Williams' case seems to disprove the notion that the gender pay gap in banks is because men and women are doing different jobs. - In this case, Williams and her colleague were doing the same job but he was still paid more. Even so, Natwest maintains that the discrepancy had nothing to do with Williams' gender - and by settling out of court Williams has foregone any legal confirmation that she was discriminated against.
This isn't the first time that women in banking have complained that men are paid on the presumption that they'll be supporting families and that women are paid on the presumption that theirs is the second income. Even female bankers who have househusbands tells us they're unwilling to divugle their domestic arrangements in the office for fear that a man in the home will be something their alpha colleagues will be unable to relate to.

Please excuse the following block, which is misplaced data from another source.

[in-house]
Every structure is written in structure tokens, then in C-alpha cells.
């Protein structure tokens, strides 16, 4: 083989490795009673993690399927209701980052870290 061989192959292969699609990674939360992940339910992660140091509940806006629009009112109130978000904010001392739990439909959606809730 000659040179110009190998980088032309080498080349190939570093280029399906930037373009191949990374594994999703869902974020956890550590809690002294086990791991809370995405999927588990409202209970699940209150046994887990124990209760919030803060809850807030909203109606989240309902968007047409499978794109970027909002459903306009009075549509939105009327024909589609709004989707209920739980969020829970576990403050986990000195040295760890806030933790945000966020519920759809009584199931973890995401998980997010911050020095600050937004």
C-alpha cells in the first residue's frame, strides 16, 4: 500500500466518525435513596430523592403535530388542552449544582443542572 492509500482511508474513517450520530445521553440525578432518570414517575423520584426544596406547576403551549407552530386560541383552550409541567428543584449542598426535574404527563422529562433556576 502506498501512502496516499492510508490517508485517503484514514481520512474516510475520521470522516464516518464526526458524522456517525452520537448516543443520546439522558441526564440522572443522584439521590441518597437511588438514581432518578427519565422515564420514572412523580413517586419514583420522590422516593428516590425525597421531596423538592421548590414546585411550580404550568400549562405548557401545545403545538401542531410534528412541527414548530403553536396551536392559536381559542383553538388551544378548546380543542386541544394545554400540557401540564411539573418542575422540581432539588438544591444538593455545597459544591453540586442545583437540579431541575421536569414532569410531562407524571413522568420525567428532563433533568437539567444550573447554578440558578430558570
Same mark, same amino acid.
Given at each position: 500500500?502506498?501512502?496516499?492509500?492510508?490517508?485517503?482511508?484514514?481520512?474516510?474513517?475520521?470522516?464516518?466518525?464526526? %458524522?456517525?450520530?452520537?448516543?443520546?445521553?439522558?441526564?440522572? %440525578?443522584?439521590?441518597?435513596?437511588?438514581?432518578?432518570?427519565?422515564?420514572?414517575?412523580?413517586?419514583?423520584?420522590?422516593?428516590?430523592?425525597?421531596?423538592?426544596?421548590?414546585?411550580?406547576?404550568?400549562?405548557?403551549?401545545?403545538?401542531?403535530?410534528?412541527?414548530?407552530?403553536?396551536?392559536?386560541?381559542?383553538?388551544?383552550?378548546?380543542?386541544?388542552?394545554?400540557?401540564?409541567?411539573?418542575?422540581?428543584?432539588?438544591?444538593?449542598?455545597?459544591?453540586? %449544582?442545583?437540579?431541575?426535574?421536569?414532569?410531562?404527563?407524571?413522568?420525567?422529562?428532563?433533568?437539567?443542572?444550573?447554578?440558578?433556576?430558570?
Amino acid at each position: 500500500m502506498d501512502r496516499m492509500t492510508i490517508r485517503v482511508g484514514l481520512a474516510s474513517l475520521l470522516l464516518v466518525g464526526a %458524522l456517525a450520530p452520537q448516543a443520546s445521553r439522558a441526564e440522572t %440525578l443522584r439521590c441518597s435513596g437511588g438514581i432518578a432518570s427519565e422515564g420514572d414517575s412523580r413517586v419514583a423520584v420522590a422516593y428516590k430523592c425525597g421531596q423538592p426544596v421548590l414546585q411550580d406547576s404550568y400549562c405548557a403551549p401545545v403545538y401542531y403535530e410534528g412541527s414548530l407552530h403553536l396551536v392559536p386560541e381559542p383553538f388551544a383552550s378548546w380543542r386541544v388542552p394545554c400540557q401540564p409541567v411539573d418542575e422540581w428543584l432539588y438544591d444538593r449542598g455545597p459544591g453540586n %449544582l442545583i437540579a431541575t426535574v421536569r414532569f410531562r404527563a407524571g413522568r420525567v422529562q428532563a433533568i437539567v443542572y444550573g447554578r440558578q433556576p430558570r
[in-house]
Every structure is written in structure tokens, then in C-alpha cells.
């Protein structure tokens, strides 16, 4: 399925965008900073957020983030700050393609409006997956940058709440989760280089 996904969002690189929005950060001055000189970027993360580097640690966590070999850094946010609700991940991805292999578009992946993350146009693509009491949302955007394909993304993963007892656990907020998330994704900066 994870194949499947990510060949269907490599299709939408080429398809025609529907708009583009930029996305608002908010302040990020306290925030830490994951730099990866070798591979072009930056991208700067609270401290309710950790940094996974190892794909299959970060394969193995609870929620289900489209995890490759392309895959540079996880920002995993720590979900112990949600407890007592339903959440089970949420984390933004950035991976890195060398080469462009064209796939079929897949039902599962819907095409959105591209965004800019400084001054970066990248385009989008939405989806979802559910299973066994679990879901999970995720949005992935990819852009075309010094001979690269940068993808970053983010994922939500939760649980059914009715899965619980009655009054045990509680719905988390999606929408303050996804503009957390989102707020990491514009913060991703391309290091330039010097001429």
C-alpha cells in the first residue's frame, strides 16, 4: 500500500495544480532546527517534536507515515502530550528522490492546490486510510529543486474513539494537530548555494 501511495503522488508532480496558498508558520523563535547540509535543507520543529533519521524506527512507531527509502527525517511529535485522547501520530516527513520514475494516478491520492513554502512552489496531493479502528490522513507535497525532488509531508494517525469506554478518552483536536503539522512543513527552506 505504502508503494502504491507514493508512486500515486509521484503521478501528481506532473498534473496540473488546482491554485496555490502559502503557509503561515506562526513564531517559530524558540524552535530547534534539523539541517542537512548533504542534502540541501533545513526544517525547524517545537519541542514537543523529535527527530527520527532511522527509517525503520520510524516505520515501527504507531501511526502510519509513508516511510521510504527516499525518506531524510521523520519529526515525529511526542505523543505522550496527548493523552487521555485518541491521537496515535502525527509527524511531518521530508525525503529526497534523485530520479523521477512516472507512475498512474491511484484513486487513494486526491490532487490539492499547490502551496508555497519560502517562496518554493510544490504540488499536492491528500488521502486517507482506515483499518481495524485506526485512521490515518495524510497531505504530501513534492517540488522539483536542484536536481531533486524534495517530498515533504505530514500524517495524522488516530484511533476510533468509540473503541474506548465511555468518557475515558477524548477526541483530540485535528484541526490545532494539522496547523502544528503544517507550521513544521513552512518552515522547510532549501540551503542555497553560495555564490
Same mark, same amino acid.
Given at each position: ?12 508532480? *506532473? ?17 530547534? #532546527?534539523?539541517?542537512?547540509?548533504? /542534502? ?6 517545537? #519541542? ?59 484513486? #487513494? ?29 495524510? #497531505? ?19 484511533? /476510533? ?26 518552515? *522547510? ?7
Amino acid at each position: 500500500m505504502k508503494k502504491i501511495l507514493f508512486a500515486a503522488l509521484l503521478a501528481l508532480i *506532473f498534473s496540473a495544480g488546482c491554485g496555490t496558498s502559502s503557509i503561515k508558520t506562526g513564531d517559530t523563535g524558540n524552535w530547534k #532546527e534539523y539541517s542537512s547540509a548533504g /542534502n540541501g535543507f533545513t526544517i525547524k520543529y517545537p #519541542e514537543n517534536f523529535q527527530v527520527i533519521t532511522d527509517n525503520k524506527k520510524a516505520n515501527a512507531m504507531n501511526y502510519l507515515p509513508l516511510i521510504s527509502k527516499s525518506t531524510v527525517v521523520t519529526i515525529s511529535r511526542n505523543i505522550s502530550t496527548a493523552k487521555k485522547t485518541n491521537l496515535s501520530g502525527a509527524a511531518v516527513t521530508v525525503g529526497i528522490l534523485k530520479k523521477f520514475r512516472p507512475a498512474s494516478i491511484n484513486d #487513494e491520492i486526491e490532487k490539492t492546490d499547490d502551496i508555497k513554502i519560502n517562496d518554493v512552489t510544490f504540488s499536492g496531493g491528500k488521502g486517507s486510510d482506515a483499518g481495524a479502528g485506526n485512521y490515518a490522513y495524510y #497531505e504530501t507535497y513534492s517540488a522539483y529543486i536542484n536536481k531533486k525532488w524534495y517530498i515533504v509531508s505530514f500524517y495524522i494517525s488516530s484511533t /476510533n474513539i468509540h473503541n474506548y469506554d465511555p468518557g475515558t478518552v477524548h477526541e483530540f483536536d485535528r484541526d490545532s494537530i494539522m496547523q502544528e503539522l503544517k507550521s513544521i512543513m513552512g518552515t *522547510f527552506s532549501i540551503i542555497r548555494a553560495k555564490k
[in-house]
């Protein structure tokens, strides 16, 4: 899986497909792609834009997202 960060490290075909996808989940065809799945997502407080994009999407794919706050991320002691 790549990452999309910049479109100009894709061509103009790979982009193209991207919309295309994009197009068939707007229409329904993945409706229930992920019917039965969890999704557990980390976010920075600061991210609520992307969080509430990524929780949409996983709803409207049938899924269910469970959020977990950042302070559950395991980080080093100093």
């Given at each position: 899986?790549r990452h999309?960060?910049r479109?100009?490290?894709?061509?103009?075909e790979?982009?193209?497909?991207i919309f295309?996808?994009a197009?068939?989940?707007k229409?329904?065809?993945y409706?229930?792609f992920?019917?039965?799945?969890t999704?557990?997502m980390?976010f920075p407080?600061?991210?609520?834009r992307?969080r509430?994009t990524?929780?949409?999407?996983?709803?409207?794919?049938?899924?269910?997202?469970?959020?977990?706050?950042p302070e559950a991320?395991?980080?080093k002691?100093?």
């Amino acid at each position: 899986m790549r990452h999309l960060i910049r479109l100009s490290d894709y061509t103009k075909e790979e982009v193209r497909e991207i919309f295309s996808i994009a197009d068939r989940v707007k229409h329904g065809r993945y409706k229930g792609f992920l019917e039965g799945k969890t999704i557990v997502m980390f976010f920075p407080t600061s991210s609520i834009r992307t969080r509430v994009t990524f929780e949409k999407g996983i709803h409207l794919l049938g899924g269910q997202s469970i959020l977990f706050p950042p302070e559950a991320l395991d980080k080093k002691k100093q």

Williams says female bankers are partly to blame: they "collude in this unhealthy culture of discrimination."
Natwest maintains that it doesn't pay men and women differently for the same job. "We don't agree that any difference in pay was due to Ms Williams' gender, we don't think we got things right in certain areas and therefore have agreed a settlement to resolve the matter."
Separately, just because you're working for Goldman Sachs, don't presume there's a glistening future ahead of you. Junta Nakai spent 13 years at Goldman Sachs - latterly as head of Asia Pacific sales, and in a speech last week at Hopkins School he discussed his revelation that he was on the wrong track.